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      Fructose, Sucrose, and High Fructose Corn Syrup: Modern Scientific Findings and Health Implications 1 2

      4 , 5 , *

      Advances in Nutrition

      American Society for Nutrition

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          Added sugars have increased in diets in the United States and many other industrialized countries over the past 30 y. Controversies have arisen, because some investigators have suggested that sugars, in general, and sugar-sweetened beverages, in particular, may be associated with increased risk of obesity, metabolic syndrome, heart disease, and other serious health conditions. Many of these arguments have been based on epidemiologic studies, randomized clinical trials, and theoretical constructs. Results of randomized clinical trials have been inconsistent. The Dietary Guidelines for Americans and the AHA have published similar recommendations for added sugars. The debate among the public is complicated by confusion over the terms “fructose,” “high fructose corn syrup (HFCS),” and “sucrose,” with many people believing that there are metabolic differences between HFCS and sucrose. This confusion persists despite the fact that both the American Medical Association and the Academy of Nutrition and Dietetics have issued statements reporting that both of these sugars are essentially equivalent. Furthermore, there is a broad scientific consensus on the metabolic equivalence of HFCS and sucrose. With this as a backdrop, 5 leading experts in the metabolism and health effects of fructose, HFCS, and sucrose gathered for this symposium to present data and discuss and debate relevant scientific findings related to the metabolism and health effects of these sugars. The symposium’s first speaker was John White, a sugar biochemist and Founder and President of White Technical Research. Dr. White provided detailed evidence concerning the metabolic equivalence of HFCS and sucrose. He reminded the audience that fructose is rarely consumed by itself in the human diet. It is virtually always consumed in combination with glucose, whether it is in carbonated soft drinks, fruit juices, or many fruits and vegetables. Dr. White presented a detailed discussion concerning the biochemistry and metabolism of sucrose and HFCS and contrasted this with studies done on pure fructose compared with glucose, often delivered in dosages above normal population consumption levels. Dr. White provided data demonstrating that the amount of glucose in the human diet from all sources far exceeds the amount of fructose from all sources. He concluded that fructose is not increasing in the human diet and that good cause and effect evidence does not exist that uniquely links the metabolism of fructose from normally consumed sugars at typical dosages to a variety of adverse health conditions. The second speaker, Dr. George Bray, Chief of the Division of Clinical Obesity and Metabolism at the Pennington Biomedical Research Center, presented data documenting that sugar consumption has risen dramatically in the United States in the last 100 y and particularly in the last 30 y. He raised a special concern about soft drink consumption, which has also risen dramatically during this period and is the leading source of fructose in the American diet delivered either through sucrose or HFCS used to sweeten beverages. Dr. Bray provided a summary of epidemiologic evidence showing an association with soft drink intake and obesity, metabolic syndrome, gout, and fatty liver disease. He then reviewed recent studies that suggest that soft drink calories are less satiating than calories from solid foods. Dr. Bray concluded by reviewing 3 randomized controlled trials of sugar-sweetened beverages. One 10-wk trial demonstrated weight gain in the group consuming sucrose-sweetened beverages compared with Aspartame-sweetened beverages. The second study demonstrated weight gain and increased blood pressure in sucrose-sweetened beverages compared with Aspartame-sweetened beverages. Dr. Bray noted that trials comparing fructose to glucose showed increases in both TG and de novo lipogenesis in the fructose arm. Dr. Bray reviewed findings from a recent study that compared sugar-sweetened beverages to diet beverages, milk, and water that reported increased visceral fat and increased fat deposition in liver and muscle. The third speaker, Dr. Robert Lustig, Professor of Clinical Pediatrics at the University of California, San Francisco, presented evidence supporting his theory that sugar at high levels may be “toxic” and is metabolized in the liver in ways that are similar to ethanol and different from glucose. Dr. Lustig depicted detailed biochemical pathways to support his assertion that fructose may be preferentially metabolized into fat by the liver, thereby increasing the risk of heart disease, obesity, type 2 diabetes, nonalcoholic fatty liver disease, and hypertension. Dr. Lustig also presented animal data in support of his theory that sugar is “addictive.” The fourth speaker at the symposium, Dr. James Rippe, cardiologist and Professor of Biomedical Sciences at the University of Central Florida, presented evidence from recent randomized controlled trials comparing HFCS to sucrose at levels up to the 90th percentile of population consumption for fructose. These studies demonstrated that by every parameter measured thus far in humans, HFCS and sucrose are metabolically equivalent. He also presented evidence that studies comparing pure fructose to pure glucose do not accurately represent human nutrition, because neither of these substances is consumed by itself to any appreciable degree in the human diet. Dr. Rippe presented evidence from randomized clinical trials that consumption of neither HFCS nor sucrose led to increases in blood pressure, dyslipidemia (with the exception of slight increases in TG), obesity, metabolic syndrome, nonalcoholic fatty liver disease, or ectopic fat deposition in muscles. Dr. Rippe challenged Dr. Lustig’s and Dr. Bray’s interpretation of de novo lipogenesis and provided data from a variety of researchers demonstrating that de novo lipogenesis amounted to a minor pathway in the overall human energy economy (on the order of 1–5% of fat generated compared with the 100–125 g of fat consumed). Dr. Rippe concluded that despite widespread scientific agreement on many issues such as the equivalence between HFCS and sucrose, the public remains very confused on these issues. He called for further randomized clinical trials to resolve the remaining controversies. The final speaker, Dr. David Klurfeld, National Program Leader, Human Nutrition, USDA-Agricultural Research Service, provided an overview of what government agencies consider in the debate over added sugars. He noted that federal agencies rely heavily on evidence-based guidelines such as the Dietary Guidelines for Americans and RDA from the Institute of Medicine when developing nutrition policy. He noted that current levels of added sugar consumption are within the guidelines from the Dietary Guidelines for Americans and the Institute of Medicine. Dr. Klurfeld concluded that portion size and overall caloric consumption were more likely causes of obesity than simply blaming sugar-sweetened beverages. He stated that the claim that sugar is “toxic” does not pass the test of face validity and that although Americans consume too much sugar, it is only one factor in a poor dietary pattern. He noted that regulating or taxing sugars is a political decision and that insufficient nutritional data exist to justify such a decision.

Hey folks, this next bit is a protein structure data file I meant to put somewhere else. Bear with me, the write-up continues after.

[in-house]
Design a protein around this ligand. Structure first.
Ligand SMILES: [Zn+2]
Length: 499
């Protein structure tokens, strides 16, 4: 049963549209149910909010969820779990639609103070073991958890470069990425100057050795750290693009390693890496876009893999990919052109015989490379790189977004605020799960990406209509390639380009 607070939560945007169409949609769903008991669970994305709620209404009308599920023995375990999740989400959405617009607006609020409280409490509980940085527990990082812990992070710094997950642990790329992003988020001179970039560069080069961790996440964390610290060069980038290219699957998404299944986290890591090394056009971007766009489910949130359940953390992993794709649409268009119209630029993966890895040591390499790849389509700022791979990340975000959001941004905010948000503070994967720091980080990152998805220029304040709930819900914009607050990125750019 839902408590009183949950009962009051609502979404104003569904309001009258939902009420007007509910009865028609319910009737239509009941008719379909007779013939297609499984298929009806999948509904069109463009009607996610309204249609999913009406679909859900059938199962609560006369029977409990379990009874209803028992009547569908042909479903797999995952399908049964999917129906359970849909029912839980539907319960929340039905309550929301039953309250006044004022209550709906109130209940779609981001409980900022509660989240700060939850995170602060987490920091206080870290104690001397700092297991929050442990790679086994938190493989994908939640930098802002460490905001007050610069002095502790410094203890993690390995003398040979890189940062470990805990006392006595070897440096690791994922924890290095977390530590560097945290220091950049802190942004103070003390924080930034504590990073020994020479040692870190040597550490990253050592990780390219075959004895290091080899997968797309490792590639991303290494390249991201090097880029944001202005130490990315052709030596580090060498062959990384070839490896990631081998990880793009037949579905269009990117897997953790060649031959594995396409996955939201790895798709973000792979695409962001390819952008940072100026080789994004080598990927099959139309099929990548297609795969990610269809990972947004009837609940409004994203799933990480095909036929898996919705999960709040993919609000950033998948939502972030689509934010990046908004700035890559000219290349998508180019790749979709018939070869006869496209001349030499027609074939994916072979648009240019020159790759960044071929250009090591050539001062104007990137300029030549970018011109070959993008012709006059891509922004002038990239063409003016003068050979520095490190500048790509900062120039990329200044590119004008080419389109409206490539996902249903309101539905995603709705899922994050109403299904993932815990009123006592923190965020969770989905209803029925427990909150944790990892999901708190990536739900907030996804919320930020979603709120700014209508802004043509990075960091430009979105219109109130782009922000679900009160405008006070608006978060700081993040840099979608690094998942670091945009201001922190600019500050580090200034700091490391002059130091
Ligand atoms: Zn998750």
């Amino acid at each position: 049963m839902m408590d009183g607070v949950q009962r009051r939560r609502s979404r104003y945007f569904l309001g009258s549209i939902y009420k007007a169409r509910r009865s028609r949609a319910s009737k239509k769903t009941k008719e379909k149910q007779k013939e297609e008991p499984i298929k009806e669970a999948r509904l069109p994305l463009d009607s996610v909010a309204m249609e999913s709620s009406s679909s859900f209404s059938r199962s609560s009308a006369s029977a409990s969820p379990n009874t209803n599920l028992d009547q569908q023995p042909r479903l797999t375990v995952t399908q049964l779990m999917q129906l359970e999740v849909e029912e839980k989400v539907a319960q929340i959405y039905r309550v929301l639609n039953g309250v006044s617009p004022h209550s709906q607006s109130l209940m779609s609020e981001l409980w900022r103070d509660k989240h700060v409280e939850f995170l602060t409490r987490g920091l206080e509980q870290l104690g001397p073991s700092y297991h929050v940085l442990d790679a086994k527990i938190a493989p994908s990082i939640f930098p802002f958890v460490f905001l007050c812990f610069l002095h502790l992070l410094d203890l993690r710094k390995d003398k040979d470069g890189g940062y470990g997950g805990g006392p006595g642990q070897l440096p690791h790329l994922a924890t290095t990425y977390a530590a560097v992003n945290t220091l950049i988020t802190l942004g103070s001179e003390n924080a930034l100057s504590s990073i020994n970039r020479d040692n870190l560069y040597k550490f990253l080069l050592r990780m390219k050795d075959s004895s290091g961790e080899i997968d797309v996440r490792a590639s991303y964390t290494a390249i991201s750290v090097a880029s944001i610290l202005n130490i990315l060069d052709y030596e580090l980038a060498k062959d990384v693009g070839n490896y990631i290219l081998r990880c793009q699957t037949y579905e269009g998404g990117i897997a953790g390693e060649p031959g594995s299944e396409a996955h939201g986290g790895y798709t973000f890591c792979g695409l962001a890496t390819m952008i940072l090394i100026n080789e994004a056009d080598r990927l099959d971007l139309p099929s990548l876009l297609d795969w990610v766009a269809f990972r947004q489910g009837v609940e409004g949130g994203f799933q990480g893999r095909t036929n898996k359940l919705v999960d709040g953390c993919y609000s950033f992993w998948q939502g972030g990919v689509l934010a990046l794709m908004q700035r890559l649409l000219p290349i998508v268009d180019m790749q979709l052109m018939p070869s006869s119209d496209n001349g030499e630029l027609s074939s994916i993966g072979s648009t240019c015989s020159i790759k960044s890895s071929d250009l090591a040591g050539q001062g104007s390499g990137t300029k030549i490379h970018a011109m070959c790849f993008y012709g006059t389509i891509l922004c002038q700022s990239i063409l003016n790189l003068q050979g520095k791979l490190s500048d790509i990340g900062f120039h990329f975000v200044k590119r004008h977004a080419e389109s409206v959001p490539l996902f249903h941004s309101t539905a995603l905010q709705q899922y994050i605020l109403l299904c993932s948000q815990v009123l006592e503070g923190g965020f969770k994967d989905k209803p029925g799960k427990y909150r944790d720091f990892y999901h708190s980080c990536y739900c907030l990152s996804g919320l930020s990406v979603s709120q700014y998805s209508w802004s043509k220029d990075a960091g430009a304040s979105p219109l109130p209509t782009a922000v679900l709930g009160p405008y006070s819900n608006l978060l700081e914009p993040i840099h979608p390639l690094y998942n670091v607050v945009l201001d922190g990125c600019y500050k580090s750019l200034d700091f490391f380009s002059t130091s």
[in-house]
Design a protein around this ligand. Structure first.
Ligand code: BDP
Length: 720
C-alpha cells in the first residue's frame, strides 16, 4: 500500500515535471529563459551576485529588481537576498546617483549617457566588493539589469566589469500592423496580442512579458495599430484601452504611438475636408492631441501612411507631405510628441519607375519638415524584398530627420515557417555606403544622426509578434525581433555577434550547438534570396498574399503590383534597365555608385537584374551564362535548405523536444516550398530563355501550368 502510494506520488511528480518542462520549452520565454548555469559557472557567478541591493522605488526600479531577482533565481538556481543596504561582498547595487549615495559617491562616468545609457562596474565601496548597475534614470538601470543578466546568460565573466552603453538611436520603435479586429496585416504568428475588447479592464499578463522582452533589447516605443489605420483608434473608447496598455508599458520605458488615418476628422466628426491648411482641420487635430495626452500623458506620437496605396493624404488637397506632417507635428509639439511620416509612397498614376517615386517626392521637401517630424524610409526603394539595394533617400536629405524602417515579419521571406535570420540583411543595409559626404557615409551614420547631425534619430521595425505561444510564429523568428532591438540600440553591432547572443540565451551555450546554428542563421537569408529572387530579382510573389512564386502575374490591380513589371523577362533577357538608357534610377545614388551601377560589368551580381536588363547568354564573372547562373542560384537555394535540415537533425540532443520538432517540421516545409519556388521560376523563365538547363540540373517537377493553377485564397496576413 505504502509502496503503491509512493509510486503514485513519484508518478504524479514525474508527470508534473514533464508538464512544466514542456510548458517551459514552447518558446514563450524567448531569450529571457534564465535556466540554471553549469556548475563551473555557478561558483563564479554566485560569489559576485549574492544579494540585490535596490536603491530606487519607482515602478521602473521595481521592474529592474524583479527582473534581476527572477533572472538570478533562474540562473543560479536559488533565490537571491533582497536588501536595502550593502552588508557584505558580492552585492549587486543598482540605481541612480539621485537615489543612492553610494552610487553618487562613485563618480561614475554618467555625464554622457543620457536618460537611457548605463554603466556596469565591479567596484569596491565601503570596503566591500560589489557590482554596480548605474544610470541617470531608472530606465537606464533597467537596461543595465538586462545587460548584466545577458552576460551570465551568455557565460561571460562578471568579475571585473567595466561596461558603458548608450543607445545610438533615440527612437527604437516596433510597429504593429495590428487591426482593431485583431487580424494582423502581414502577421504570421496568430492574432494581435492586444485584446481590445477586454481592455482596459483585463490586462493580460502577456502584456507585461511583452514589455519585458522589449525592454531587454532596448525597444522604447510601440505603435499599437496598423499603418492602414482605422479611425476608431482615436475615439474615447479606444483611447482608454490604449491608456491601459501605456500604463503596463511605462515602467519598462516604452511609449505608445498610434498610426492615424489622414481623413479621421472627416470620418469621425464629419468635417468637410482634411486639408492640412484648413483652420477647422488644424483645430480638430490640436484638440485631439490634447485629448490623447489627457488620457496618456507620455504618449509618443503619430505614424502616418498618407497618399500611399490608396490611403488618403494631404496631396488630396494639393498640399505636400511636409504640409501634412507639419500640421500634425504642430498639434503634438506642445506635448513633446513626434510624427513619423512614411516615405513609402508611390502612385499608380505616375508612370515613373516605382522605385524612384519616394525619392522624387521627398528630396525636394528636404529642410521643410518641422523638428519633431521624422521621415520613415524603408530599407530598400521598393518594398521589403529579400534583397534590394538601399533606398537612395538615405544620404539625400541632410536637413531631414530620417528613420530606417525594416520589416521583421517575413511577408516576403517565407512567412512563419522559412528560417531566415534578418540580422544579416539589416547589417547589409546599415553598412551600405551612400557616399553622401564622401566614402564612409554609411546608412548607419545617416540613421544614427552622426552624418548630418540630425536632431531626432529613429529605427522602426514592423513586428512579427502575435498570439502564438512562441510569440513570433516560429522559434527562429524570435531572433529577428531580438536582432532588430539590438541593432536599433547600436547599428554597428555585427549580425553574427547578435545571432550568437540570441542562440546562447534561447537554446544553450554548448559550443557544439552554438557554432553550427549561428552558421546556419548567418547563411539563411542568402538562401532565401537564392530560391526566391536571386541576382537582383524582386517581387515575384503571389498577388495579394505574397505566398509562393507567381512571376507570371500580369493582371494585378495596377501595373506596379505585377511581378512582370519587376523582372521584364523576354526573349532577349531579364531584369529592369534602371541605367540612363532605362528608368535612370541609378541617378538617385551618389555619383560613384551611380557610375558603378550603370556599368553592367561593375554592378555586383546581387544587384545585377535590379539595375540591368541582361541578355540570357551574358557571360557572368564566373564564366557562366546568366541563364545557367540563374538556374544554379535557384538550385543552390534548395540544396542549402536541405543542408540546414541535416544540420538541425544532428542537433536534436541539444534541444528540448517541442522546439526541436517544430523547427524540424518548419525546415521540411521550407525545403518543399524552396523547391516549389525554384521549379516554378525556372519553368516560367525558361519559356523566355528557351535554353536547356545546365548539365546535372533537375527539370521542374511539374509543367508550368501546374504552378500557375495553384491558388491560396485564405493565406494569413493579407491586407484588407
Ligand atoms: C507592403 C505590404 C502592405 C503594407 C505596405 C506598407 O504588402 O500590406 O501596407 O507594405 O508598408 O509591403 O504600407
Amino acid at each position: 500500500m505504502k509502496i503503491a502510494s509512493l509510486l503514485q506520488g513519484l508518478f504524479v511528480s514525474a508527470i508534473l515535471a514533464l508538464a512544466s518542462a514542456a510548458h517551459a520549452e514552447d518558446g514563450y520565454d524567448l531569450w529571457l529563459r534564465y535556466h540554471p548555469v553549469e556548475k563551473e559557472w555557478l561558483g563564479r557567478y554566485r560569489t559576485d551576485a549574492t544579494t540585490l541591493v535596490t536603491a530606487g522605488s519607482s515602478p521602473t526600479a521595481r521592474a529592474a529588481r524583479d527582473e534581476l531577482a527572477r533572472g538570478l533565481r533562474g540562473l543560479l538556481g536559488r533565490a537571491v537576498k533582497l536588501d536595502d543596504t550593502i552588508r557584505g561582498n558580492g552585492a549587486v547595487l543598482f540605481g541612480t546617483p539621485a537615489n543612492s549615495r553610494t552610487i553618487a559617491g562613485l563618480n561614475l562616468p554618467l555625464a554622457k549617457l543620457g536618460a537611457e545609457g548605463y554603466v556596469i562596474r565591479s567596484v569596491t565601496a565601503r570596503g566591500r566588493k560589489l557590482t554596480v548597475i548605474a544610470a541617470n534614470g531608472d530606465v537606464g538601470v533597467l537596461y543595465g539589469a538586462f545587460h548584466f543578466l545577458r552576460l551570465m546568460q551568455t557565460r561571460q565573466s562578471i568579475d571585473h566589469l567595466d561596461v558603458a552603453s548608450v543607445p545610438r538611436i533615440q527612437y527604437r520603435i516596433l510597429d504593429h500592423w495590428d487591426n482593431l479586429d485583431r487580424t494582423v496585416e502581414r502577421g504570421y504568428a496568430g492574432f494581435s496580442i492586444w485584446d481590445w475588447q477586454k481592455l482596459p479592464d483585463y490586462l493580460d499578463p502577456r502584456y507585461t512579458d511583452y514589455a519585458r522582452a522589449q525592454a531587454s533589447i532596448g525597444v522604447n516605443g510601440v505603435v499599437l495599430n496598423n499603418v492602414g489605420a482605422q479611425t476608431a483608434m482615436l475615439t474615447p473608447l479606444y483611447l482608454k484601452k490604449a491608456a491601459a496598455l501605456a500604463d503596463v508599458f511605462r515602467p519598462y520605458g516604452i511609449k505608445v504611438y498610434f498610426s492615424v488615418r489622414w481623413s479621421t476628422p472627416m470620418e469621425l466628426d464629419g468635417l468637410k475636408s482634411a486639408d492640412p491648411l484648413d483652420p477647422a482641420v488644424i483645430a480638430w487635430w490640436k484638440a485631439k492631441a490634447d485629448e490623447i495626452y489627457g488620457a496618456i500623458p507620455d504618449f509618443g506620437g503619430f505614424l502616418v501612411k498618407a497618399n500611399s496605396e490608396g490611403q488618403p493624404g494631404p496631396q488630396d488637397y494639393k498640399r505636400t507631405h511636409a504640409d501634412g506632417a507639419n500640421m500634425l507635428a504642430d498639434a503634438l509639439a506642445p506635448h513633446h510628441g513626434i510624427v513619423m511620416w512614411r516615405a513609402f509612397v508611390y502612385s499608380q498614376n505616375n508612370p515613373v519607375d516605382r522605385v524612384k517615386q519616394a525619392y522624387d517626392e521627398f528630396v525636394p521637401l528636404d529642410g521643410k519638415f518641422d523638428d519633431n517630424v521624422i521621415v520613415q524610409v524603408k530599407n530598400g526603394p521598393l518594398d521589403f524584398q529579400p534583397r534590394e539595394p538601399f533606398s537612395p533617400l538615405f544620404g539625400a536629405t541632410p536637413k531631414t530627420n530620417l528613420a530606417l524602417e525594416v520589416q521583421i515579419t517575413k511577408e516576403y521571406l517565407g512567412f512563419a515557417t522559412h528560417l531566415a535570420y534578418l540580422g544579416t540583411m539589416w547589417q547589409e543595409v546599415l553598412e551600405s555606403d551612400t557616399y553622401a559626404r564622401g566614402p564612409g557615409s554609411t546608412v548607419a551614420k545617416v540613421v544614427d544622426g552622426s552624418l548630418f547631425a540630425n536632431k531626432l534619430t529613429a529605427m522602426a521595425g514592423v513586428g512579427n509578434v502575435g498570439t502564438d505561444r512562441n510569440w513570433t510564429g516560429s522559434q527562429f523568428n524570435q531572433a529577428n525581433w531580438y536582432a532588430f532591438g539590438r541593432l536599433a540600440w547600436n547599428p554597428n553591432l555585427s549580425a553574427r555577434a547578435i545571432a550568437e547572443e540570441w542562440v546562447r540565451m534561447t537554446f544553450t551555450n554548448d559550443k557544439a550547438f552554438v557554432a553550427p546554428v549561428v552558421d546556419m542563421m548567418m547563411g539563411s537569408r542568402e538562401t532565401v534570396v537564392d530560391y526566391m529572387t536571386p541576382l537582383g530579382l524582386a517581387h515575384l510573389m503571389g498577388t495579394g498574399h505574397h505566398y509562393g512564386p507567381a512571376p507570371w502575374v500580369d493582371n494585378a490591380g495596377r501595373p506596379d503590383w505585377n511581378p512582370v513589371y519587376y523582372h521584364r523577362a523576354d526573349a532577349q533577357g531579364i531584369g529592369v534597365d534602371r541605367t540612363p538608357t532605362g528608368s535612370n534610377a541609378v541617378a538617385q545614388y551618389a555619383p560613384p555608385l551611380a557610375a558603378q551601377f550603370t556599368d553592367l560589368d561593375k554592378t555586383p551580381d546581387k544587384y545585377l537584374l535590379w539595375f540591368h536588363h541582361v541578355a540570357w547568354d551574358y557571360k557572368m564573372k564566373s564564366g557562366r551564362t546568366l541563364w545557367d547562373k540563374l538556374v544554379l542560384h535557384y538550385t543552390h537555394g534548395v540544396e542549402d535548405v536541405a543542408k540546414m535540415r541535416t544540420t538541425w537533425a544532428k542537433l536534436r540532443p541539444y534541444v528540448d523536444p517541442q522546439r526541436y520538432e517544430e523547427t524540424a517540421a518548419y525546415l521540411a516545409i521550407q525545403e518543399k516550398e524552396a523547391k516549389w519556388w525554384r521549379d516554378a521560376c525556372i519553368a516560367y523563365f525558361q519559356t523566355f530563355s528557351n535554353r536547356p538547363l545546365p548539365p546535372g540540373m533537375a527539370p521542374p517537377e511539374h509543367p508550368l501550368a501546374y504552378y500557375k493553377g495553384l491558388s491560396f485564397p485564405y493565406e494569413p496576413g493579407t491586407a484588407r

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          Author and article information

          Adv Nutr
          Adv Nutr
          advances in nutrition
          Advances in Nutrition
          American Society for Nutrition
          6 September 2012
          September 2012
          : 3
          : 5
          : 739-740
          [4 ]University of Central Florida, Orlando, FL and Rippe Lifestyle Institute, Celebration, FL and Shrewsbury, MA; and
          [5 ]Department of Nutritional Sciences, Penn State University, University Park, PA
          Author notes
          [* ]To whom correspondence should be addressed. E-mail: jrippe@ .
          © 2012 American Society for Nutrition

          This is a free access article, distributed under terms ( which permit unrestricted non-commercial use, distribution, and reproduction in any medium, provided the original work is properly cited.

          ASN 2012 Annual Meeting Symposium Summaries